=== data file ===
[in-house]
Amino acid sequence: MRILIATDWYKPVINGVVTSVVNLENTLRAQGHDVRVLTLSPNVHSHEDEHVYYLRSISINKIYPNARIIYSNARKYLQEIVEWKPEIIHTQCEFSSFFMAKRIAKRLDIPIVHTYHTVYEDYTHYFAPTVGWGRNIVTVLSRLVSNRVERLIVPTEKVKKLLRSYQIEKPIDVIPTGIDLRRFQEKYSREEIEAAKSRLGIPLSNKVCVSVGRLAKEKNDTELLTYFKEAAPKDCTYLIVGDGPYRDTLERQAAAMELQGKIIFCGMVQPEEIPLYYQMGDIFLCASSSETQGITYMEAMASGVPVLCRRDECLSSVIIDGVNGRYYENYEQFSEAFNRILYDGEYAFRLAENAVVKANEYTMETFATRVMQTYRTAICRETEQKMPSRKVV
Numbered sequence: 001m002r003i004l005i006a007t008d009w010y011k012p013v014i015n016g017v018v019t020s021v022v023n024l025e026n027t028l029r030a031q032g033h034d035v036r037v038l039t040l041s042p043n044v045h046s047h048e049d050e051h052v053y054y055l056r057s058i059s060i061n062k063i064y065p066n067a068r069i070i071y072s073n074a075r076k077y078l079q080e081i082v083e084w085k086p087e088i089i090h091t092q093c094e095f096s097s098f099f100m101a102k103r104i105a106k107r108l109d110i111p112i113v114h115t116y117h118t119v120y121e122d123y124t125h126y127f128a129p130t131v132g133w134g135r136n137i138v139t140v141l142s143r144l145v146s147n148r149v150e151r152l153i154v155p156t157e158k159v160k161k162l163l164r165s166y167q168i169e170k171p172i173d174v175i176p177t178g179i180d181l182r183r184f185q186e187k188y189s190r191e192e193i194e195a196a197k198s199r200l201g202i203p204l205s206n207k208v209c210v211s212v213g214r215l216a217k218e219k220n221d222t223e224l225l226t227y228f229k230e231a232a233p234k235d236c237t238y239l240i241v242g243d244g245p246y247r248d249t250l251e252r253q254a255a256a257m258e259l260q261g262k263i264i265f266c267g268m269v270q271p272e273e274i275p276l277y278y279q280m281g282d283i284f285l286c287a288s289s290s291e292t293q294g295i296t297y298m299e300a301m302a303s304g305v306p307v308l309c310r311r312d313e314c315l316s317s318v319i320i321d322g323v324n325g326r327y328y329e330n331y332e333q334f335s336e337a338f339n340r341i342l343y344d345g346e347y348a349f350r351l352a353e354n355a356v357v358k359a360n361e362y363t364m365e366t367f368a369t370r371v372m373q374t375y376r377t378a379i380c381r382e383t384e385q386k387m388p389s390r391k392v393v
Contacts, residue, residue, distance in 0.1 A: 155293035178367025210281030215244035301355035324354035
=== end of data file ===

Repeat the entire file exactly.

[in-house]
Amino acid sequence: MRILIATDWYKPVINGVVTSVVNLENTLRAQGHDVRVLTLSPNVHSHEDEHVYYLRSISINKIYPNARIIYSNARKYLQEIVEWKPEIIHTQCEFSSFFMAKRIAKRLDIPIVHTYHTVYEDYTHYFAPTVGWGRNIVTVLSRLVSNRVERLIVPTEKVKKLLRSYQIEKPIDVIPTGIDLRRFQEKYSREEIEAAKSRLGIPLSNKVCVSVGRLAKEKNDTELLTYFKEAAPKDCTYLIVGDGPYRDTLERQAAAMELQGKIIFCGMVQPEEIPLYYQMGDIFLCASSSETQGITYMEAMASGVPVLCRRDECLSSVIIDGVNGRYYENYEQFSEAFNRILYDGEYAFRLAENAVVKANEYTMETFATRVMQTYRTAICRETEQKMPSRKVV
Numbered sequence: 001m002r003i004l005i006a007t008d009w010y011k012p013v014i015n016g017v018v019t020s021v022v023n024l025e026n027t028l029r030a031q032g033h034d035v036r037v038l039t040l041s042p043n044v045h046s047h048e049d050e051h052v053y054y055l056r057s058i059s060i061n062k063i064y065p066n067a068r069i070i071y072s073n074a075r076k077y078l079q080e081i082v083e084w085k086p087e088i089i090h091t092q093c094e095f096s097s098f099f100m101a102k103r104i105a106k107r108l109d110i111p112i113v114h115t116y117h118t119v120y121e122d123y124t125h126y127f128a129p130t131v132g133w134g135r136n137i138v139t140v141l142s143r144l145v146s147n148r149v150e151r152l153i154v155p156t157e158k159v160k161k162l163l164r165s166y167q168i169e170k171p172i173d174v175i176p177t178g179i180d181l182r183r184f185q186e187k188y189s190r191e192e193i194e195a196a197k198s199r200l201g202i203p204l205s206n207k208v209c210v211s212v213g214r215l216a217k218e219k220n221d222t223e224l225l226t227y228f229k230e231a232a233p234k235d236c237t238y239l240i241v242g243d244g245p246y247r248d249t250l251e252r253q254a255a256a257m258e259l260q261g262k263i264i265f266c267g268m269v270q271p272e273e274i275p276l277y278y279q280m281g282d283i284f285l286c287a288s289s290s291e292t293q294g295i296t297y298m299e300a301m302a303s304g305v306p307v308l309c310r311r312d313e314c315l316s317s318v319i320i321d322g323v324n325g326r327y328y329e330n331y332e333q334f335s336e337a338f339n340r341i342l343y344d345g346e347y348a349f350r351l352a353e354n355a356v357v358k359a360n361e362y363t364m365e366t367f368a369t370r371v372m373q374t375y376r377t378a379i380c381r382e383t384e385q386k387m388p389s390r391k392v393v
Contacts, residue, residue, distance in 0.1 A: 155293035178367025210281030215244035301355035324354035